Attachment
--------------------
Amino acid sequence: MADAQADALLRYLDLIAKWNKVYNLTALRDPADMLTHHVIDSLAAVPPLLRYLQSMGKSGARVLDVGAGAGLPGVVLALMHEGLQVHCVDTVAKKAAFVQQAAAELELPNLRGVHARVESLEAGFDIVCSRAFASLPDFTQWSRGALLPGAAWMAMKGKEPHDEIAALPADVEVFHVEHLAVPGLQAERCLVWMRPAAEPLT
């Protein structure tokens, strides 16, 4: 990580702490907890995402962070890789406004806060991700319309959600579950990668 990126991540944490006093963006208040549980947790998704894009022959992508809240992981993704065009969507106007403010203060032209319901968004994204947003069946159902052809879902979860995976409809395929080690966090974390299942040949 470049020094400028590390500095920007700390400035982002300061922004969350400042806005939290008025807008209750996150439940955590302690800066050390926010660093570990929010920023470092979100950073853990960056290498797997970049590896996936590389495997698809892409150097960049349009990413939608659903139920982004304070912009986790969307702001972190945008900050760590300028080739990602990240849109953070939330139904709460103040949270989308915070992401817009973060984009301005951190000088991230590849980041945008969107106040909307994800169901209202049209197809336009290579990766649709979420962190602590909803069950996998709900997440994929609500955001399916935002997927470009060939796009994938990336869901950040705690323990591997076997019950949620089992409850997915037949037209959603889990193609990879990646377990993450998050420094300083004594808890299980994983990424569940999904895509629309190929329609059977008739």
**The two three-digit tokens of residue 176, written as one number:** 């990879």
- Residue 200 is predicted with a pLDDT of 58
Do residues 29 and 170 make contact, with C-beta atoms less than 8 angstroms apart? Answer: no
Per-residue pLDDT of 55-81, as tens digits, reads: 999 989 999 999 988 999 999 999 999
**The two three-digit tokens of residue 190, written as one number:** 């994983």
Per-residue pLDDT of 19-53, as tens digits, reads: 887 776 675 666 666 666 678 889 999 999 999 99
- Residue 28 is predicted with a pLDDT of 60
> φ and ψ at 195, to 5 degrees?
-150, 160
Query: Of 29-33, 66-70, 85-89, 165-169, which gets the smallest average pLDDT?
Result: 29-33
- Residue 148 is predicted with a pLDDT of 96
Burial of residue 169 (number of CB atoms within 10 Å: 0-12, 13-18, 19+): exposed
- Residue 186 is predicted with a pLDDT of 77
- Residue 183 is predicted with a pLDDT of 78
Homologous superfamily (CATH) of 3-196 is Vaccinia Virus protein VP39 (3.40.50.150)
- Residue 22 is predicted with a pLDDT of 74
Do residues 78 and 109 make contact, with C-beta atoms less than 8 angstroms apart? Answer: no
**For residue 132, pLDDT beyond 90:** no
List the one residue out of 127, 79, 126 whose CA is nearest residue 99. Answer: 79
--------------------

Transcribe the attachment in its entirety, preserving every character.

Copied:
Amino acid sequence: MADAQADALLRYLDLIAKWNKVYNLTALRDPADMLTHHVIDSLAAVPPLLRYLQSMGKSGARVLDVGAGAGLPGVVLALMHEGLQVHCVDTVAKKAAFVQQAAAELELPNLRGVHARVESLEAGFDIVCSRAFASLPDFTQWSRGALLPGAAWMAMKGKEPHDEIAALPADVEVFHVEHLAVPGLQAERCLVWMRPAAEPLT
């Protein structure tokens, strides 16, 4: 990580702490907890995402962070890789406004806060991700319309959600579950990668 990126991540944490006093963006208040549980947790998704894009022959992508809240992981993704065009969507106007403010203060032209319901968004994204947003069946159902052809879902979860995976409809395929080690966090974390299942040949 470049020094400028590390500095920007700390400035982002300061922004969350400042806005939290008025807008209750996150439940955590302690800066050390926010660093570990929010920023470092979100950073853990960056290498797997970049590896996936590389495997698809892409150097960049349009990413939608659903139920982004304070912009986790969307702001972190945008900050760590300028080739990602990240849109953070939330139904709460103040949270989308915070992401817009973060984009301005951190000088991230590849980041945008969107106040909307994800169901209202049209197809336009290579990766649709979420962190602590909803069950996998709900997440994929609500955001399916935002997927470009060939796009994938990336869901950040705690323990591997076997019950949620089992409850997915037949037209959603889990193609990879990646377990993450998050420094300083004594808890299980994983990424569940999904895509629309190929329609059977008739």
**The two three-digit tokens of residue 176, written as one number:** 């990879």
- Residue 200 is predicted with a pLDDT of 58
Do residues 29 and 170 make contact, with C-beta atoms less than 8 angstroms apart? Answer: no
Per-residue pLDDT of 55-81, as tens digits, reads: 999 989 999 999 988 999 999 999 999
**The two three-digit tokens of residue 190, written as one number:** 């994983």
Per-residue pLDDT of 19-53, as tens digits, reads: 887 776 675 666 666 666 678 889 999 999 999 99
- Residue 28 is predicted with a pLDDT of 60
> φ and ψ at 195, to 5 degrees?
-150, 160
Query: Of 29-33, 66-70, 85-89, 165-169, which gets the smallest average pLDDT?
Result: 29-33
- Residue 148 is predicted with a pLDDT of 96
Burial of residue 169 (number of CB atoms within 10 Å: 0-12, 13-18, 19+): exposed
- Residue 186 is predicted with a pLDDT of 77
- Residue 183 is predicted with a pLDDT of 78
Homologous superfamily (CATH) of 3-196 is Vaccinia Virus protein VP39 (3.40.50.150)
- Residue 22 is predicted with a pLDDT of 74
Do residues 78 and 109 make contact, with C-beta atoms less than 8 angstroms apart? Answer: no
**For residue 132, pLDDT beyond 90:** no
List the one residue out of 127, 79, 126 whose CA is nearest residue 99. Answer: 79